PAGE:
:42:48.:42:53.

information and were doing so, but we really have to focus on the

:42:54.:42:57.

important pieces of information. What are patients and staff saying

:42:58.:43:00.

about our services? With the recommend them? Savings in the NHS

:43:01.:43:08.

partly depend on councils tackling mental illness earlier. In

:43:09.:43:10.

Nottinghamshire, there are fears that the opposite will happen. The

:43:11.:43:16.

council is planning to cut by 25% all social care jobs. That is a

:43:17.:43:28.

dramatic cut in the service. Demographic changes and better

:43:29.:43:32.

awareness mean mental health is becoming a bigger and bigger issue.

:43:33.:43:36.

But in the East Midlands, as in the UK more widely, the funding for

:43:37.:43:42.

mental health is not keeping pace. Well, Nottinghamshire County Council

:43:43.:43:44.

told us they're prioritising mental health services, with ?10 million

:43:45.:43:47.

pounds dedicated to it next year. But they also say they're having to

:43:48.:43:51.

make cuts to services for vulnerable people because of government

:43:52.:43:54.

cutbacks. And that's an issue Mark Simms knows all about.

:43:55.:43:57.

Mark Simms is the chief executive of the Derbyshire charity P3, which

:43:58.:44:06.

works with vulnerable people. What are some of the problems you deal

:44:07.:44:17.

with? The simple truth of it is these cuts are impacting harshly on

:44:18.:44:21.

people with mental health problems from two angles. One, the welfare

:44:22.:44:25.

benefit reform and the impact that is happening `` having. But also the

:44:26.:44:35.

cuts to social care. There is no requirement, no statutory duty to

:44:36.:44:40.

support vulnerable people. There are duties to do other things, but if

:44:41.:44:43.

you are simply someone vulnerable with a set of need, there is no

:44:44.:44:50.

statutory requirement to support you. We're talking about people who

:44:51.:44:56.

present with multiple and complex needs. People who sometimes get

:44:57.:45:00.

letters they don't understand, they fall behind in their rent. It is a

:45:01.:45:04.

downward spiral because there is no safety net to stop that happening.

:45:05.:45:15.

Stephen Dorrell, this will not come as a surprise to because of the

:45:16.:45:20.

report you published last year. A quote said the situation was so bad

:45:21.:45:24.

it was an infringement of the human rights of patients. What did your

:45:25.:45:30.

committee mean by that? We published several reports on mental health

:45:31.:45:38.

services. That particular quote I think refers to the abuse of

:45:39.:45:48.

sectioning powers. The NHS is allowed to treat patients

:45:49.:45:54.

compulsorily in closely defined circumstances and occasionally we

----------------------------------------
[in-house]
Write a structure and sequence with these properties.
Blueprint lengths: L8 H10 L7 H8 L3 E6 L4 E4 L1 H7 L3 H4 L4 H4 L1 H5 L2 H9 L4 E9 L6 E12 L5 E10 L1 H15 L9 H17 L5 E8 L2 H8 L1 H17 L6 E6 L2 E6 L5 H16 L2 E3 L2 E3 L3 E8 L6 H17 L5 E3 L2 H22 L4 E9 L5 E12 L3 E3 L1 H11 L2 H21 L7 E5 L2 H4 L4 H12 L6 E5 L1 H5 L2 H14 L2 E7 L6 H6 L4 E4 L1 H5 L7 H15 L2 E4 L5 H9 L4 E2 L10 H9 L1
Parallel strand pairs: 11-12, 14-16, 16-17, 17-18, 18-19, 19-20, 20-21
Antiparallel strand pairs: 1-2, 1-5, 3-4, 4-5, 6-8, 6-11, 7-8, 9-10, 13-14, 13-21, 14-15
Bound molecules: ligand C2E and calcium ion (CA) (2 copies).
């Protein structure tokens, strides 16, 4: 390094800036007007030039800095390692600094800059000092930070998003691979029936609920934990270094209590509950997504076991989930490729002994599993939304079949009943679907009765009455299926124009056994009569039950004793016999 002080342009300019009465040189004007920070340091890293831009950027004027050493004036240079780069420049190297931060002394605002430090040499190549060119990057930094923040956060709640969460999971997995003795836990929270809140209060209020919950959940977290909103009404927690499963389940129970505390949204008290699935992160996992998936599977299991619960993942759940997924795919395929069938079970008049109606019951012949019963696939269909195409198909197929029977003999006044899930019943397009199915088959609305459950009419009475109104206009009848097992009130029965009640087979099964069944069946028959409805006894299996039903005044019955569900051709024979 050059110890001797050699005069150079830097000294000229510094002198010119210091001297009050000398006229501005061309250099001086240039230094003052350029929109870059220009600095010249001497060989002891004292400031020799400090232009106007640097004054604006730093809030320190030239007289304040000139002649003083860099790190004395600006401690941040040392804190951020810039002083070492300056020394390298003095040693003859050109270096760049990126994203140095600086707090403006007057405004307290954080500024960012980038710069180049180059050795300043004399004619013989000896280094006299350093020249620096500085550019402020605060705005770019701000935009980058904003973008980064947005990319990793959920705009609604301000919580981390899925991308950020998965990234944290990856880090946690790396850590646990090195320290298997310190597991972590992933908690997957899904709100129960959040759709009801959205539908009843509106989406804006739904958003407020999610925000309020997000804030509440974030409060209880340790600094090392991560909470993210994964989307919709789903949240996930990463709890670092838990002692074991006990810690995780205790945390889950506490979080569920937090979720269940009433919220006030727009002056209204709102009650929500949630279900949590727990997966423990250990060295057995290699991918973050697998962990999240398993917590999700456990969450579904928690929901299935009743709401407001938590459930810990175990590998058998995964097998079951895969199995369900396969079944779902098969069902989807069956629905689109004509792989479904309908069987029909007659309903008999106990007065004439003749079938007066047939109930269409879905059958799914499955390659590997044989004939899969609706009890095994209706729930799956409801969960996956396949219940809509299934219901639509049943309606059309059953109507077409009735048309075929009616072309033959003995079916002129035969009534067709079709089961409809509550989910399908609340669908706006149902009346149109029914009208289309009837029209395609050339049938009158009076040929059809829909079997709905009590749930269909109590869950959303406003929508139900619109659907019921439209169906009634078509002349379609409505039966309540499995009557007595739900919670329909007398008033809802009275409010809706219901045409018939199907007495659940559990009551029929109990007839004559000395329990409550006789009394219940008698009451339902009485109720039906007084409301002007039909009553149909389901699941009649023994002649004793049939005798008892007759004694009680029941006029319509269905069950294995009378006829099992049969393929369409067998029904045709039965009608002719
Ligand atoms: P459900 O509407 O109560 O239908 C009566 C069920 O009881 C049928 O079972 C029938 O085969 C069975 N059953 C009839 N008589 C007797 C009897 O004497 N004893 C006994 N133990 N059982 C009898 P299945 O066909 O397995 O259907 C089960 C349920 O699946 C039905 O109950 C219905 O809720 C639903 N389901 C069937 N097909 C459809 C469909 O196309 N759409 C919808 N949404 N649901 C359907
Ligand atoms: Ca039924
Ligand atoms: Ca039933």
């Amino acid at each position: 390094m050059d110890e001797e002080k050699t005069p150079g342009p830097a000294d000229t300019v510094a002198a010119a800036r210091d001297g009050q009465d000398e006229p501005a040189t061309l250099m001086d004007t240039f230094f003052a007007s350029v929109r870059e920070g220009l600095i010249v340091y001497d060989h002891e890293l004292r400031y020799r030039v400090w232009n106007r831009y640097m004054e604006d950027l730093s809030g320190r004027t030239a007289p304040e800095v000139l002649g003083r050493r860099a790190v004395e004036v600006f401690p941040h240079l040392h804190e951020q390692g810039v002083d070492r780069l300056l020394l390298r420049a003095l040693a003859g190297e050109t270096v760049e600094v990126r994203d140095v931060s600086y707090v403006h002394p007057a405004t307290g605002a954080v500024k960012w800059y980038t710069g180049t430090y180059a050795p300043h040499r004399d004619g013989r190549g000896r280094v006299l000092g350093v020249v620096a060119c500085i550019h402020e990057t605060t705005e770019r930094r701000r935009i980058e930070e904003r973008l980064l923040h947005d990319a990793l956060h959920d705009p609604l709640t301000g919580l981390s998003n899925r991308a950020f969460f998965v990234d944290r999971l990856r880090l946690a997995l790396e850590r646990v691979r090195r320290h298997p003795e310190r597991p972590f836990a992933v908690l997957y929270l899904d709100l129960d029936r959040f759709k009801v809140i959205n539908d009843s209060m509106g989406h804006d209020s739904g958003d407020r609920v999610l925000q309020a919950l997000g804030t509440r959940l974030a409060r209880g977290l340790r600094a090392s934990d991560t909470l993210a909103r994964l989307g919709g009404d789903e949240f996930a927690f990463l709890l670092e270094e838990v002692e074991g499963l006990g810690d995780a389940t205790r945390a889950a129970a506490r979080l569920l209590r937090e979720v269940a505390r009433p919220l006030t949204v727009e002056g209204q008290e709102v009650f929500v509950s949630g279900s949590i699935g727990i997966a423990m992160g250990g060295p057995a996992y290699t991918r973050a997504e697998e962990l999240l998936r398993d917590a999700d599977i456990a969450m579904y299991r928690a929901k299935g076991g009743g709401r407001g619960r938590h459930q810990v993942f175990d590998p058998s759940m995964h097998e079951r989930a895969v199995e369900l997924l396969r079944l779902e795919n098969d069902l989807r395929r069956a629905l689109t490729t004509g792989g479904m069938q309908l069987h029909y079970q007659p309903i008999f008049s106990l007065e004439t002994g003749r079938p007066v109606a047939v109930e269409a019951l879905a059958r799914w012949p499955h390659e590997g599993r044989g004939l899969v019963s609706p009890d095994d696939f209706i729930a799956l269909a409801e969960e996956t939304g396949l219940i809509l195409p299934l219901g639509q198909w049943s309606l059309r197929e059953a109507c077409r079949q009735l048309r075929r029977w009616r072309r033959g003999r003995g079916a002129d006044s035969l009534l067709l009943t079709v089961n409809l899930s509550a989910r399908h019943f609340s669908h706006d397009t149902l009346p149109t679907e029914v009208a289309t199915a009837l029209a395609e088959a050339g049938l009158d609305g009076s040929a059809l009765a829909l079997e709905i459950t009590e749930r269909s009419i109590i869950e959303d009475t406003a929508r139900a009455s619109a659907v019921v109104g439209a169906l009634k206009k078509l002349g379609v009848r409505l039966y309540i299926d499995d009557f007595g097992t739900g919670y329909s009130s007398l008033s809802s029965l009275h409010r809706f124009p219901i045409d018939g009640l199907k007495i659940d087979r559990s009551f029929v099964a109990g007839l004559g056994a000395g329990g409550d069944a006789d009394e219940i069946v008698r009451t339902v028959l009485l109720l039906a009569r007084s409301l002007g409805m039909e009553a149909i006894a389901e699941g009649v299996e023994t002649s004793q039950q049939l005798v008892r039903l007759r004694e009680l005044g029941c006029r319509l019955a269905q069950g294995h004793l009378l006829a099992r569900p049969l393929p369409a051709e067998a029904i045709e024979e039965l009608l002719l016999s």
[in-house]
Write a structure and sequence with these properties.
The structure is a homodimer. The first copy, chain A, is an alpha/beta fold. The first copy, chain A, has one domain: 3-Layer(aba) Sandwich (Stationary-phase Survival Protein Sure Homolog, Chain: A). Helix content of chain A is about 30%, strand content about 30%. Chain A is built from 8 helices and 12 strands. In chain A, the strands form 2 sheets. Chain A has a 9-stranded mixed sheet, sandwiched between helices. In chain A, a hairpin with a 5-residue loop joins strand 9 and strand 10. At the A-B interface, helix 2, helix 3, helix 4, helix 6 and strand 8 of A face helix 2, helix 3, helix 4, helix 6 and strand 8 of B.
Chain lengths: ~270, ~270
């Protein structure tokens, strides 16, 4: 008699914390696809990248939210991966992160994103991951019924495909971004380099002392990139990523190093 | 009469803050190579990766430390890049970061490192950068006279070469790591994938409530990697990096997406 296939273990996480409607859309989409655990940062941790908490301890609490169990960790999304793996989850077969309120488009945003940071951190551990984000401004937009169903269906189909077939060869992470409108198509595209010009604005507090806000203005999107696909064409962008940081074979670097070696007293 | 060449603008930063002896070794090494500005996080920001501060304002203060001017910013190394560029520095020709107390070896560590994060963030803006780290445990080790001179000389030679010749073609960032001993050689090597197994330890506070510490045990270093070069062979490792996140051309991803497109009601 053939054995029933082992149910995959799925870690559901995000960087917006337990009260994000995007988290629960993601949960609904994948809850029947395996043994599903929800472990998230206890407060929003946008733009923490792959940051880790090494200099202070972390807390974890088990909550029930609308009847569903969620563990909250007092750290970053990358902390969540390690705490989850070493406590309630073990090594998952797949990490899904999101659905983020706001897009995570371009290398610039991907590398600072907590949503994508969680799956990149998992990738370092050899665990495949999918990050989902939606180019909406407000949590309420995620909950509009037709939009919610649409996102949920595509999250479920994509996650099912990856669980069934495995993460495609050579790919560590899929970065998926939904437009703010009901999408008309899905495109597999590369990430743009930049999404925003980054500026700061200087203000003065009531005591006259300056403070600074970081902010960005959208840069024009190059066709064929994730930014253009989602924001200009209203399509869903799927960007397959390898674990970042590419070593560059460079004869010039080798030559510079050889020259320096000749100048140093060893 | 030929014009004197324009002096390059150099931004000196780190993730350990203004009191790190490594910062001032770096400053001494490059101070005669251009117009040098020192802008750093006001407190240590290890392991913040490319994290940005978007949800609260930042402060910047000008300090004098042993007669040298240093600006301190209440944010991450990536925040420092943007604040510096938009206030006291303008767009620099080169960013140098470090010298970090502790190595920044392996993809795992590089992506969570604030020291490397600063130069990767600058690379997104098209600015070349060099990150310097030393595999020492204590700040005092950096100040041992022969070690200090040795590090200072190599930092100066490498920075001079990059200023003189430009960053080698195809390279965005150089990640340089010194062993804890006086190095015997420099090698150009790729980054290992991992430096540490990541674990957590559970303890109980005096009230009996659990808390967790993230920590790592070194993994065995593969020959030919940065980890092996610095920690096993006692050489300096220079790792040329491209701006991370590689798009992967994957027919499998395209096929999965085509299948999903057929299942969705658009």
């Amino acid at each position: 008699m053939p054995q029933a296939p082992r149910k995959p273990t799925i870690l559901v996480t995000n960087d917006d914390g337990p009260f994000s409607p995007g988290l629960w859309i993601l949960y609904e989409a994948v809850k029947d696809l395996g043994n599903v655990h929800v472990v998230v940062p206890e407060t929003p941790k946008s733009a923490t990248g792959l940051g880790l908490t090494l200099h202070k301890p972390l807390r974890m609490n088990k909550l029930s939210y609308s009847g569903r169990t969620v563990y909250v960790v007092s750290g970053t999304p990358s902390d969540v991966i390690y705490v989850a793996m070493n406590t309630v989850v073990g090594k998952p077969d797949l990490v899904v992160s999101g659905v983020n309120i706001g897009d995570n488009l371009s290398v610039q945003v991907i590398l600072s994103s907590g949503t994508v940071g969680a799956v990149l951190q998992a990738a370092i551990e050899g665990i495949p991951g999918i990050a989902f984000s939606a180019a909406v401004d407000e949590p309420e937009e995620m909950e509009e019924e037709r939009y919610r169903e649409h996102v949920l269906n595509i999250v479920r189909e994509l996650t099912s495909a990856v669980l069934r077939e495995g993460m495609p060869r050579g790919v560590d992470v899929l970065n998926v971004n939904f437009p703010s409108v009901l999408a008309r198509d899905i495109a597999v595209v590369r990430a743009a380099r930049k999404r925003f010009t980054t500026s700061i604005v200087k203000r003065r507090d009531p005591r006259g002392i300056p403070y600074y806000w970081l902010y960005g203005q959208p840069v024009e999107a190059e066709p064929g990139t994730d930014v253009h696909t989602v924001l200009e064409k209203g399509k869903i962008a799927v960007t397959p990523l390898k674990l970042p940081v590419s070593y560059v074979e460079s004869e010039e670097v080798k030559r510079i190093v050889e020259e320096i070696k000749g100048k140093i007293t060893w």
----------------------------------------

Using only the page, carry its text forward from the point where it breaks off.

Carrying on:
:45:55.:45:56.

were concerned some psychiatrists have been abusing that power to

:45:57.:46:00.

subject people to compulsory medical treatment that they did not want.

:46:01.:46:08.

That was the abuse of human rights. What I agree with Mark about is the

:46:09.:46:12.

need to ensure there is proper provision in the community to enable

:46:13.:46:23.

people to leave `` to lead lives. This is why the government has

:46:24.:46:26.

introduced what is known as the better care fund, which is doing

:46:27.:46:29.

something health ministers have talked about for half a century.

:46:30.:46:33.

They are making the health service and the social care system work more

:46:34.:46:39.

closely together to join them up in order to deliver better care for

:46:40.:46:42.

elderly people and for other people who suffer. Is this the picture you

:46:43.:46:51.

recognise? These are the sneaky NHS cuts. The cuts next year will be

:46:52.:46:54.

bigger than this year. The year after that will be bigger still.

:46:55.:46:58.

They say they are not cutting the NHS but these are massive cuts.

:46:59.:47:02.

Local authorities will have to cope even more in the future. This is

:47:03.:47:09.

precisely what is going to get cut. Are these cuts underhand? We are

:47:10.:47:18.

carrying out what the Health Select Committee has set out. It was first

:47:19.:47:25.

set out in 2009, this challenge, by Andy Burnham when he was Health

:47:26.:47:28.

Secretary. The resources available to the health and care system are

:47:29.:47:32.

certainly more constrained than they were in the last decade. That is

:47:33.:47:37.

precisely why we need to address some of these gaps in services, so

:47:38.:47:44.

people don't fall down the cracks in the way that was illustrated there.

:47:45.:47:51.

Loads of people are falling through the cracks. But many more will next

:47:52.:47:54.

year. For families who have someone with mental health problems, who

:47:55.:48:00.

needs that treatment, it is going to be horrendous. The government is not

:48:01.:48:06.